Yes, you live with the consequences. Wade has started to say publicly what he's been saying privately for a long time: Why don't I get the ball when it matters?
4. Tracy McGrady: Not big on the 10,000 rule:
As someone who got to see Tracy McGrady play early in career, I can vouch for those who say he was a 'freak' when it came to natural talent: the package of size, quickness, grace and court awareness he had simply doesn't come along very often. No wonder, perhaps, that at this weekend's Sloan Sports Analytics Conference at MIT McGrady's name came up when author Malcom Gladwell began quizzing J eff Van Gundy and other NBA types about the value of pure talent compared with with work ethic: T he talk dealt with how the "10,000 hour rule" that Gladwell discussed in his 2008 book "Outliers" - that the key to success in any field is the purposeful practice of a specific task for 10,000 hours - relates to an athlete's development.
In considering that notion, Gladwell asked the panelists what value should be placed on pure natural talent - the innate genetic gift that we often view as the line of demarcation between the elite and the merely professional - in relationship to, say, work ethic and the capacity to accept instruction.
As often occurs when discussing abstract ideas, talk turned quickly to a physical example - in this case, McGrady, whose combination of size, speed, power and grace beguiled the NBA in the last years of the 20th century and made him one of the league's most dominant offensive forces in the early years of the 21st.
But while McGrady's abilities were awe-inspiring, his willingness to further cultivate them wasn't, according to panelist and ESPN NBA analyst Jeff Van Gundy, who coached the Florida-born star with the Houston Rockets from 2004 through 2007.
Van Gundy estimated McGrady at "probably 1,000 hours of practice," just one-tenth of Gladwell's rule, a figure that elicited laughter from the crowd. Noting that McGrady was as close to he's ever seen as a basketball natural, Van Gundy went on to say that T-Mac "should be a Hall of Fame player."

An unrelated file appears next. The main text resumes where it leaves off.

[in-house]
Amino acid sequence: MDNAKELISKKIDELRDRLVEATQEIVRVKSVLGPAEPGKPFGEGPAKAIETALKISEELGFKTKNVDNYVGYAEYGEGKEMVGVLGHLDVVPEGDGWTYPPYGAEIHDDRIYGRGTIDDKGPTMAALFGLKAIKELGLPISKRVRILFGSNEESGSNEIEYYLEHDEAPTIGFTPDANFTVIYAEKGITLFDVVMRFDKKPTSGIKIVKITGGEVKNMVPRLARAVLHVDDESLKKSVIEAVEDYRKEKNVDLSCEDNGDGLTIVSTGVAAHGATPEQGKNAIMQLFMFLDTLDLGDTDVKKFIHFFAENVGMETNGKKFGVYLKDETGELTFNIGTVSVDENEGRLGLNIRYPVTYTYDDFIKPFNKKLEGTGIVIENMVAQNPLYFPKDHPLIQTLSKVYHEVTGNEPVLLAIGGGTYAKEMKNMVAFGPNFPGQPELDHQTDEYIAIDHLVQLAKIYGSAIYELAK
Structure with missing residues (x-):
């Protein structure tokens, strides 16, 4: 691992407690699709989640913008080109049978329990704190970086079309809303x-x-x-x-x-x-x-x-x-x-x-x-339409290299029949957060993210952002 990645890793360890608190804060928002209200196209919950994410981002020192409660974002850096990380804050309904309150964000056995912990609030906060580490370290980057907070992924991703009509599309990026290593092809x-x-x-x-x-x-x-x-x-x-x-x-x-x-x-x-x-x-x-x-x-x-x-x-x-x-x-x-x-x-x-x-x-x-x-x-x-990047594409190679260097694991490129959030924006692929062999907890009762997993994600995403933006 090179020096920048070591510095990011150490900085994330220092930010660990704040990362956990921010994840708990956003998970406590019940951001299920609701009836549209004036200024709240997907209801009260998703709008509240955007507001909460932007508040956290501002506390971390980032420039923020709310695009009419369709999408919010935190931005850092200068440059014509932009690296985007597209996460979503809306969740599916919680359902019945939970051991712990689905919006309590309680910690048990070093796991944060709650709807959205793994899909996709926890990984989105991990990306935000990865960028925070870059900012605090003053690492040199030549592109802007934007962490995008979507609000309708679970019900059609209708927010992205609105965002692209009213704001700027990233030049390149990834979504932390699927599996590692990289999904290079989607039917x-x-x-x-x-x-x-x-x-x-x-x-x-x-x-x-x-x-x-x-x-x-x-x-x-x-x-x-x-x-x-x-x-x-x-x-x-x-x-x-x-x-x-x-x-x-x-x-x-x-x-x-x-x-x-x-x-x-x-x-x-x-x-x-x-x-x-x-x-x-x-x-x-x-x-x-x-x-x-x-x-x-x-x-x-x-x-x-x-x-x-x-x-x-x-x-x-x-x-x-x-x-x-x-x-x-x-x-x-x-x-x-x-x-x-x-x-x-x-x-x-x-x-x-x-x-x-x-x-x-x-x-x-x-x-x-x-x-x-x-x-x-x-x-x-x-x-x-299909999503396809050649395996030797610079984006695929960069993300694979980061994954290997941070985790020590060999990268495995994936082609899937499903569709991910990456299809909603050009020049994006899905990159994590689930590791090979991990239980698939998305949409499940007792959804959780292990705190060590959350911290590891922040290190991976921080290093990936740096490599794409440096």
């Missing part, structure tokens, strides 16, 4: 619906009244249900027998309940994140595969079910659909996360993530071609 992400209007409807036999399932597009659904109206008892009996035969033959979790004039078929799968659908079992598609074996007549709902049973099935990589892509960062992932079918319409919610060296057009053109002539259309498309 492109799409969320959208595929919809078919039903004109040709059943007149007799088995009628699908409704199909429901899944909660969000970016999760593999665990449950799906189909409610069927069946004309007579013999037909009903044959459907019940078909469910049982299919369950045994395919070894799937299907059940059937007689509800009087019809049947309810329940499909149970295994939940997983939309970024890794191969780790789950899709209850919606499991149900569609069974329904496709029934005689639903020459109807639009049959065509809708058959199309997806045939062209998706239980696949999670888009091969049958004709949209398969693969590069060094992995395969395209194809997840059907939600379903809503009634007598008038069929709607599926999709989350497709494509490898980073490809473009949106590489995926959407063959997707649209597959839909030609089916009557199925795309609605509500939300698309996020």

"His talent was otherworldly," Van Gundy said.
5. The CSA may owe Maple Leaf Sports a thank-you note:
In England to cover the Toronto Raptors games agains the New Jersey Nets over the weekend, the first regular season NBA tilts played in the UK, Dave Feschuk also visited with Junior Hoilett of Brampton, a 20-year-old with Blackburn who has now scored two EPL goals in his brief career. Hoilett is still non-commital about whether to play internationally for Canada, but maybe he'll be a little more inclined after getting some hometown press and just a bit more: Raptors GM Bryan Colangelo also invited four last-minute guests to Saturday night's game. Hoilett and his Brampton pals - not to mention Jamie Clarke, Hoilett's old friend from Blackburn's youth academy - made their way by taxi from the soccer match to the arena. They sat a few rows behind the Toronto bench, all of them watching their first NBA game in the flesh. And soon enough, Hoilett was being glad-handed by executives from Maple Leaf Sports and Entertainment, the company that owns the Raptors and, among many things, Toronto FC. It never hurts to build a relationship.
6. Canucks head to California, rediscover their third line:
All it takes is two straight wins and the Charlie Sheen references start flying: You'd have to be at Charlie Sheen's house to find a threesome who had more fun in Los Angeles on the weekend than Manny Malhotra, Jannik Hansen and Raffi Torres.The Canucks' third line - invisible in January, indispensable now - produced a pair of goals by Malhotra in Sunday's 3-0 win that gave Vancouver its first sweep of Los Angeles in 2 ½ years.
Hansen scored in Saturday's 3-1 win up the interstate against the Los Angeles Kings.
It was a terrific 27 hours for the third line and their team. The Canucks were the best team in the National Hockey League before the weekend and they've got the best record now, so let's not pretend two good road wins in March translate to a defining moment.
But after nearly a month of win-one-lose-one hockey in which the Canucks' intensity lagged at times against opponents who were already in playoff mode, Vancouver looked like an elite team again in winning a pair of difficult, physical games.
"It doesn't make the season or playoffs, but people were starting to wonder where our playoff intensity was," rookie goalie Cory Schneider said after a 26-save shutout that was his first in NHL. "To play gritty games like this on the road is huge."
7. On the merits of tanking:
The Dallas Mavericks are one of the most successful franchises in sports, at least according to regular season measures: They are well on their way to their 11th straight 50-win season. But don't expect Mark Cuban to be trying to prop his team up to scrape into the playoffs with the 8th seed when the good times come to an end; this also from the Sloan Sports Analytics Conference: Cuban confessed that once Dirk Nowitzki retires he expects the Mavericks to lose, and, if he gets his way, they'll lose badly ...There is no championship future for a middling team that is stuck in the embattled space between those who struggle to make the playoffs and those that struggle and miss. Cuban has no desire for the Mavericks to be such a team.